• Successful agro-forestry practices, better conservation of forests, improvement of scrub areas to forest areas, increase in mangrove cover, conservation and protection activities have also led to increase in the forest and tree cover.
      • Green Highways (Plantations & Maintenance) Policy to develop 1,40,000 km long tree line with plantation along with both sides of national highways will go a long way in enhancing the forest & tree cover.
      • Madhya Pradesh has the largest forest cover of 77,414 sq km in the country in terms of area, followed by Arunachal Pradesh and Chhattisgarh. In terms of percentage of forest cover with respect to the total geographical area, Lakshadweep with (90.33%) has the highest forest cover, followed by Mizoram (86.27%) and Andaman & Nicobar Island (81.73%).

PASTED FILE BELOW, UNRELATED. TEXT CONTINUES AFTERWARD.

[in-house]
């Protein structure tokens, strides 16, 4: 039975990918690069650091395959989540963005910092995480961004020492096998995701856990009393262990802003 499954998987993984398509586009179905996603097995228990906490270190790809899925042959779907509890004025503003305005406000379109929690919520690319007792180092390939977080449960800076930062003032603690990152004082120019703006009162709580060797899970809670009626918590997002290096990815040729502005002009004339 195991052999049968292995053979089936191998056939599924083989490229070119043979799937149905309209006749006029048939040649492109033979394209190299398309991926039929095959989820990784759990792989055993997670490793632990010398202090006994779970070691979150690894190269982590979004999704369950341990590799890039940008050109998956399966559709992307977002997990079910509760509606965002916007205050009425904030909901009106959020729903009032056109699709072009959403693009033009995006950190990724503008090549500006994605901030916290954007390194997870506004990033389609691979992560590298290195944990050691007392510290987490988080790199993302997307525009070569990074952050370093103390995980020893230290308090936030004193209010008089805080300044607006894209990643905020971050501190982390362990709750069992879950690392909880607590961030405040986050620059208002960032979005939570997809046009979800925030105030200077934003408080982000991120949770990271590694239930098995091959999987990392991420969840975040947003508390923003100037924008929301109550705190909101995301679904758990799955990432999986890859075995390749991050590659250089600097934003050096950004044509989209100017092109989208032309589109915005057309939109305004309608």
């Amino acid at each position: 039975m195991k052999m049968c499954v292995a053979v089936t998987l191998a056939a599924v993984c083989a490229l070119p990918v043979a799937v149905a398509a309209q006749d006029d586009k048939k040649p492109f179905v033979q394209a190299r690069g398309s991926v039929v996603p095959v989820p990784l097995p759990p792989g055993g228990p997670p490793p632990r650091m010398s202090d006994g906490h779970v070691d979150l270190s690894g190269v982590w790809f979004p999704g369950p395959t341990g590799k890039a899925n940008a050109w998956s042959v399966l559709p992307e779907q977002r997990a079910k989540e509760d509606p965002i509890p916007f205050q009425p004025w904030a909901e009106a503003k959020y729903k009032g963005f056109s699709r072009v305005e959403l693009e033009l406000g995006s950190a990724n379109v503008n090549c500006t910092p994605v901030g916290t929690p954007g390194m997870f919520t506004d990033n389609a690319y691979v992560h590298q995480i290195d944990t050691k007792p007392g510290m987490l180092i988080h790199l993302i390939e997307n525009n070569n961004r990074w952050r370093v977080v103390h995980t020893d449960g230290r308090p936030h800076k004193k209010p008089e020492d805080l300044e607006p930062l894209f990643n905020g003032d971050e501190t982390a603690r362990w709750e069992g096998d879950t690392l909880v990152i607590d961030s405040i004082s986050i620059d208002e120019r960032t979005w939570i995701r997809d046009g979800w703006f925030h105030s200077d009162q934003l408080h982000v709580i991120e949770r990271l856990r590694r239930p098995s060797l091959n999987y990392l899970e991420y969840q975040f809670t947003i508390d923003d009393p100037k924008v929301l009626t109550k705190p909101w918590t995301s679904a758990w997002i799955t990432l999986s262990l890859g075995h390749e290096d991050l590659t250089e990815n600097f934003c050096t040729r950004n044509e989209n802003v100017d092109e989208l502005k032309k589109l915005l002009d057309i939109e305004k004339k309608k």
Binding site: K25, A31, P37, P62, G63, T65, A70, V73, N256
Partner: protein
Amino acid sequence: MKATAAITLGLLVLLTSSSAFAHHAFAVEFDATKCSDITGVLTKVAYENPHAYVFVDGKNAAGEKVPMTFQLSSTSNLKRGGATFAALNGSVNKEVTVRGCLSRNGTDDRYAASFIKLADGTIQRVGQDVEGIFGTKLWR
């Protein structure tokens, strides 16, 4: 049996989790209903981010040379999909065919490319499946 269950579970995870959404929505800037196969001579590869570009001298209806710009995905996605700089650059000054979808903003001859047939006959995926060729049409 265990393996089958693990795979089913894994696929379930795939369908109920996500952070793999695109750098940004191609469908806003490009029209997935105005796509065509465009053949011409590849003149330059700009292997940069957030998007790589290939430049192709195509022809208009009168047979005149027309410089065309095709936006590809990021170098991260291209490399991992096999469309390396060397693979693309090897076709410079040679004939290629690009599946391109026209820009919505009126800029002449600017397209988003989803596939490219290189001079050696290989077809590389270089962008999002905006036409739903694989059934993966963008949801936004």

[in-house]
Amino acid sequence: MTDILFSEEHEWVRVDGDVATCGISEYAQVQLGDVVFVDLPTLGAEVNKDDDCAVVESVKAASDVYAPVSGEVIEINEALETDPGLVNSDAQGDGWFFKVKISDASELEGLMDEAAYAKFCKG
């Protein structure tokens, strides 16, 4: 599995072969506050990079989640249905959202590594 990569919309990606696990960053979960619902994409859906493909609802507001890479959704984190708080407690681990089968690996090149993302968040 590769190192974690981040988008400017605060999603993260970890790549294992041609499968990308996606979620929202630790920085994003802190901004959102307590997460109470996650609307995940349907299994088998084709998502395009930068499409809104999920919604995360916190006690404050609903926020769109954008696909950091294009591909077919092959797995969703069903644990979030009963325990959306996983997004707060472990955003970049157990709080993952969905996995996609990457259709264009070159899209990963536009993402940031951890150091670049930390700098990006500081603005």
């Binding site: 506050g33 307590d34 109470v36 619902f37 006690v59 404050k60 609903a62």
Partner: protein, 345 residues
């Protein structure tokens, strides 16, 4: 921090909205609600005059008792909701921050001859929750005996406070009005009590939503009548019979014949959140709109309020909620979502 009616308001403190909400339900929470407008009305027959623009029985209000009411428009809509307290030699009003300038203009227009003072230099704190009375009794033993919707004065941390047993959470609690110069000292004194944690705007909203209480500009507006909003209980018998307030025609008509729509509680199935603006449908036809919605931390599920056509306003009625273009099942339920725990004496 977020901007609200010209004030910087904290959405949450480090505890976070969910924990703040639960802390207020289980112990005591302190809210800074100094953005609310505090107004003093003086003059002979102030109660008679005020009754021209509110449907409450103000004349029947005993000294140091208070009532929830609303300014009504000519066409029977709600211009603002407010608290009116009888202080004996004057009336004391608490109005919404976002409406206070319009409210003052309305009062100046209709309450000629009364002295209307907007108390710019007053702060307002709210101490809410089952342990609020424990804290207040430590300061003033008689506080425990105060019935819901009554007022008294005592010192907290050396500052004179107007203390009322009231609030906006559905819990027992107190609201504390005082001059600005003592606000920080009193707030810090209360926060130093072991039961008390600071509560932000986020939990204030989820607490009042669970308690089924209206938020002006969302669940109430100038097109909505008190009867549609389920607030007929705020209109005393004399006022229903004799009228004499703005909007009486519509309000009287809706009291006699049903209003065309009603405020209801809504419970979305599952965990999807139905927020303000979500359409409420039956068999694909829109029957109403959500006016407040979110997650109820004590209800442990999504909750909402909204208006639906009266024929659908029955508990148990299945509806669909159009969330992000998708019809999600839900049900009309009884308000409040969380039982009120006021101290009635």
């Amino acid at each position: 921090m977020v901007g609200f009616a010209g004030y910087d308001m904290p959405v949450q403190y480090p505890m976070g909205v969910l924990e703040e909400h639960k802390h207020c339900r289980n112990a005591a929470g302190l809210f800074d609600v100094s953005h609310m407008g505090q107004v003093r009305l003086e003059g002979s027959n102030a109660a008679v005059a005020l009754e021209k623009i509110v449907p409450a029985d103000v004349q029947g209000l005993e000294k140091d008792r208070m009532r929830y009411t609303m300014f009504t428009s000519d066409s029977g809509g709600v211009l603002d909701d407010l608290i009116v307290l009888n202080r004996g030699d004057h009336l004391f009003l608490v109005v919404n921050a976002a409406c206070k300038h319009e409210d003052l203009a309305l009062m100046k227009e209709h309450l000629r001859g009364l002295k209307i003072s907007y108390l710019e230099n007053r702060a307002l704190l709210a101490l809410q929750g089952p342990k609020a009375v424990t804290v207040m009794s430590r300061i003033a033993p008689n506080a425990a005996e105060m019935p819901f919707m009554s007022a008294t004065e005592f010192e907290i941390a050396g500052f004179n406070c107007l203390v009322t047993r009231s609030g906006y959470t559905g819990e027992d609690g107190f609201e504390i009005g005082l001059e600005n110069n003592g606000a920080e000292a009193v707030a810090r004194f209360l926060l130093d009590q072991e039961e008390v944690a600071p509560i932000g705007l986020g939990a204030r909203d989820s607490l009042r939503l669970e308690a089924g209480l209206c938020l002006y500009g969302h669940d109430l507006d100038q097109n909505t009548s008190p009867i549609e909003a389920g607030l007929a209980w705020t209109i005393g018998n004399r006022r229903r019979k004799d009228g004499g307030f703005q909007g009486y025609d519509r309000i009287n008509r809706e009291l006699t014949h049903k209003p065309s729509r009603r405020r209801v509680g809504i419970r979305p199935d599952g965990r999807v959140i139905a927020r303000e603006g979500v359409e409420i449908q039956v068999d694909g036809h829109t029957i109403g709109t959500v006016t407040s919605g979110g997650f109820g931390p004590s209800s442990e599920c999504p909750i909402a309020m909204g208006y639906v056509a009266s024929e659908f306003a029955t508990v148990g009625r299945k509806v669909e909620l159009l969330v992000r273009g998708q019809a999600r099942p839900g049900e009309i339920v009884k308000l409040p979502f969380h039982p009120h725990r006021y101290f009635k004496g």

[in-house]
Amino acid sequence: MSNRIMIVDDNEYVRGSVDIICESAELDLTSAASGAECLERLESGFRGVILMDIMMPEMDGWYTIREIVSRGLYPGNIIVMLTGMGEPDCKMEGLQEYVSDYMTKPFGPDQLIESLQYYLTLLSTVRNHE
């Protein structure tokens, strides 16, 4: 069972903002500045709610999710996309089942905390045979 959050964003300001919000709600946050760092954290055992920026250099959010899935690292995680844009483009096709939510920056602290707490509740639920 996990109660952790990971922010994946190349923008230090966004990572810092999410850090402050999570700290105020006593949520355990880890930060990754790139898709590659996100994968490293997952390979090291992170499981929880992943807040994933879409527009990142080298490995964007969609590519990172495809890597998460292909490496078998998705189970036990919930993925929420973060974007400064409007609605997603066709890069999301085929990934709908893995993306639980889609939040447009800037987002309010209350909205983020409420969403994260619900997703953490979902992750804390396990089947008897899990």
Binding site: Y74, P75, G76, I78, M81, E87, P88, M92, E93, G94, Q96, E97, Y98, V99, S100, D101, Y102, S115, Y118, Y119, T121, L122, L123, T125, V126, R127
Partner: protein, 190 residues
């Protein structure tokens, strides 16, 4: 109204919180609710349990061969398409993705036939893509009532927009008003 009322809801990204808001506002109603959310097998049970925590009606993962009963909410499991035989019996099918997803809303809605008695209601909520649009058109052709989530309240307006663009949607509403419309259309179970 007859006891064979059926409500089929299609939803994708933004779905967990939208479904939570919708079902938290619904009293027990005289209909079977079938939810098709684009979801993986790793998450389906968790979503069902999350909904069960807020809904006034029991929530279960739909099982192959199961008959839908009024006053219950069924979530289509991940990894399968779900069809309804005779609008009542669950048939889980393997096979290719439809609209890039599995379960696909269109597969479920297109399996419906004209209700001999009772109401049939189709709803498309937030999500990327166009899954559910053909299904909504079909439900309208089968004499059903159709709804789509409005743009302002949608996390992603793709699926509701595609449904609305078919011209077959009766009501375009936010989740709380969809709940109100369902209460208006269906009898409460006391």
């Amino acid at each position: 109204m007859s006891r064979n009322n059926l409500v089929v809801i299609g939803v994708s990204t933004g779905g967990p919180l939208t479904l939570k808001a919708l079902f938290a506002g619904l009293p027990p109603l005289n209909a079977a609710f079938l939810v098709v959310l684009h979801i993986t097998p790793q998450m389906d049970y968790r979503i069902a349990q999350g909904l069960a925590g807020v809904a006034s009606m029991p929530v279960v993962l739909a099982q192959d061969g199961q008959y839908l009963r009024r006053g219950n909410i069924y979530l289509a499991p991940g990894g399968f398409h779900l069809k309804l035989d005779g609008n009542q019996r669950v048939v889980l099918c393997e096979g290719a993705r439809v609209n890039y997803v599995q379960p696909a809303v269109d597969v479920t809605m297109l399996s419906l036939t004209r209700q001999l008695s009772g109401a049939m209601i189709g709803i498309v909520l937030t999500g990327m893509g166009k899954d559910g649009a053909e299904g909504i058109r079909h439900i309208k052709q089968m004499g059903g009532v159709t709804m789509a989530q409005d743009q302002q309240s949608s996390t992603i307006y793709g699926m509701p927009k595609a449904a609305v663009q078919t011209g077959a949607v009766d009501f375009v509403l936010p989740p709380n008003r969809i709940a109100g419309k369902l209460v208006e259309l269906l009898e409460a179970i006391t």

• Top 5 states where maximum forest cover has increased are Andhra Pradesh (2,141 sq kms), Karnataka (1,101 sq kms), Kerala (1,043 sq kms), Odisha (885 sq kms) and Telangana (565 sq kms).
      • Top 5 states where forest cover has decreased are Mizoram (531 sq km), Nagaland (450 sq km), Arunachal Pradesh (190 sq km), Tripura (164 sq km) and Meghalaya (116 sq km). It is important to mention here that these states are in the North Eastern region of the country where the total forest cover is very high i.e. more than 70% in each state. The main reasons for the decrease are - shifting cultivation, other biotic pressures, rotational felling, diversion of forest lands for developmental activities, submergence of forest cover, agriculture expansion and natural disasters.
      Water bodies inside forests
      • Water bodies inside forests have increased over a decade. Forests play a vital role in water conservation and improve the water regime in the area.